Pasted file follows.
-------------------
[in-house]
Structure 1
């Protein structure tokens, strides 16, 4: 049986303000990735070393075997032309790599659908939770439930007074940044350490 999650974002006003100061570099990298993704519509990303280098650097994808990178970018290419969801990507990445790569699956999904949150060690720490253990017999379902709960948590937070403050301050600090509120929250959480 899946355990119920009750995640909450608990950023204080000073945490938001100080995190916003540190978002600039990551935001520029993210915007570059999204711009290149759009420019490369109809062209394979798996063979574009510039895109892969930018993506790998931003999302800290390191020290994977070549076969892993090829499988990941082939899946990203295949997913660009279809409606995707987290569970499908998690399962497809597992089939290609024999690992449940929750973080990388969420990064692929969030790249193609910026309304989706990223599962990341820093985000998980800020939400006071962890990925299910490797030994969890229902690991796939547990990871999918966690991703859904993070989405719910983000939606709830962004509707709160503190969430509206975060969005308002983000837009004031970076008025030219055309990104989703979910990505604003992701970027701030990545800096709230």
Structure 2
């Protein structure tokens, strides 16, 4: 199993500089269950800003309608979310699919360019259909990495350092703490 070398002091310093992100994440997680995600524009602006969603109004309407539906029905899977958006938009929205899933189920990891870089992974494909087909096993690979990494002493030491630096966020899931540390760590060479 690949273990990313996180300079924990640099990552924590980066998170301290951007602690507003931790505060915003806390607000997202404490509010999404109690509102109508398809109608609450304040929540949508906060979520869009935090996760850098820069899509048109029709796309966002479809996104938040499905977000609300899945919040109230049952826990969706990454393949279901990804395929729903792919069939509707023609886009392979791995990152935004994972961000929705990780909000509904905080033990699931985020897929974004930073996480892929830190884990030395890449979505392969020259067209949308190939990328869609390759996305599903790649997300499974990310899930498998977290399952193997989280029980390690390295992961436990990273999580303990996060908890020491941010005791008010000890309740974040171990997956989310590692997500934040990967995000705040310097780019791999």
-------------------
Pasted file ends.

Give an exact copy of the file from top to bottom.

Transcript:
[in-house]
Structure 1
């Protein structure tokens, strides 16, 4: 049986303000990735070393075997032309790599659908939770439930007074940044350490 999650974002006003100061570099990298993704519509990303280098650097994808990178970018290419969801990507990445790569699956999904949150060690720490253990017999379902709960948590937070403050301050600090509120929250959480 899946355990119920009750995640909450608990950023204080000073945490938001100080995190916003540190978002600039990551935001520029993210915007570059999204711009290149759009420019490369109809062209394979798996063979574009510039895109892969930018993506790998931003999302800290390191020290994977070549076969892993090829499988990941082939899946990203295949997913660009279809409606995707987290569970499908998690399962497809597992089939290609024999690992449940929750973080990388969420990064692929969030790249193609910026309304989706990223599962990341820093985000998980800020939400006071962890990925299910490797030994969890229902690991796939547990990871999918966690991703859904993070989405719910983000939606709830962004509707709160503190969430509206975060969005308002983000837009004031970076008025030219055309990104989703979910990505604003992701970027701030990545800096709230």
Structure 2
């Protein structure tokens, strides 16, 4: 199993500089269950800003309608979310699919360019259909990495350092703490 070398002091310093992100994440997680995600524009602006969603109004309407539906029905899977958006938009929205899933189920990891870089992974494909087909096993690979990494002493030491630096966020899931540390760590060479 690949273990990313996180300079924990640099990552924590980066998170301290951007602690507003931790505060915003806390607000997202404490509010999404109690509102109508398809109608609450304040929540949508906060979520869009935090996760850098820069899509048109029709796309966002479809996104938040499905977000609300899945919040109230049952826990969706990454393949279901990804395929729903792919069939509707023609886009392979791995990152935004994972961000929705990780909000509904905080033990699931985020897929974004930073996480892929830190884990030395890449979505392969020259067209949308190939990328869609390759996305599903790649997300499974990310899930498998977290399952193997989280029980390690390295992961436990990273999580303990996060908890020491941010005791008010000890309740974040171990997956989310590692997500934040990967995000705040310097780019791999």